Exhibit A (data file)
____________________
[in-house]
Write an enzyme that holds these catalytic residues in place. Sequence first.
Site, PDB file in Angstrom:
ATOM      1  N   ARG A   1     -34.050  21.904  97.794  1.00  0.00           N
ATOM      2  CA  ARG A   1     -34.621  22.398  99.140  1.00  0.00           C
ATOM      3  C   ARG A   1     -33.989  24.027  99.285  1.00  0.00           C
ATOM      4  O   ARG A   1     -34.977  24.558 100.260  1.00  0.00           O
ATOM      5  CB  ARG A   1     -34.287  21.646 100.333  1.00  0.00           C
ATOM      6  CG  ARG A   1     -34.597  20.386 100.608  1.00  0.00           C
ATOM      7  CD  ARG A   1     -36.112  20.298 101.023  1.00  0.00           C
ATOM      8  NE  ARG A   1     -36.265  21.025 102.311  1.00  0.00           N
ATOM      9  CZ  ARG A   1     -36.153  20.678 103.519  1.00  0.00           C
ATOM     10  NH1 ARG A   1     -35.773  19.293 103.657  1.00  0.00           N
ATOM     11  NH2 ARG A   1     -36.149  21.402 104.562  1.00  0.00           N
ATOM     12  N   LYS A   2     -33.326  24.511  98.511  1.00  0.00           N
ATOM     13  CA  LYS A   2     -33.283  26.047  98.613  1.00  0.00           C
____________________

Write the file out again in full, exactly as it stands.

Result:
[in-house]
Write an enzyme that holds these catalytic residues in place. Sequence first.
Site, PDB file in Angstrom:
ATOM      1  N   ARG A   1     -34.050  21.904  97.794  1.00  0.00           N
ATOM      2  CA  ARG A   1     -34.621  22.398  99.140  1.00  0.00           C
ATOM      3  C   ARG A   1     -33.989  24.027  99.285  1.00  0.00           C
ATOM      4  O   ARG A   1     -34.977  24.558 100.260  1.00  0.00           O
ATOM      5  CB  ARG A   1     -34.287  21.646 100.333  1.00  0.00           C
ATOM      6  CG  ARG A   1     -34.597  20.386 100.608  1.00  0.00           C
ATOM      7  CD  ARG A   1     -36.112  20.298 101.023  1.00  0.00           C
ATOM      8  NE  ARG A   1     -36.265  21.025 102.311  1.00  0.00           N
ATOM      9  CZ  ARG A   1     -36.153  20.678 103.519  1.00  0.00           C
ATOM     10  NH1 ARG A   1     -35.773  19.293 103.657  1.00  0.00           N
ATOM     11  NH2 ARG A   1     -36.149  21.402 104.562  1.00  0.00           N
ATOM     12  N   LYS A   2     -33.326  24.511  98.511  1.00  0.00           N
ATOM     13  CA  LYS A   2     -33.283  26.047  98.613  1.00  0.00           C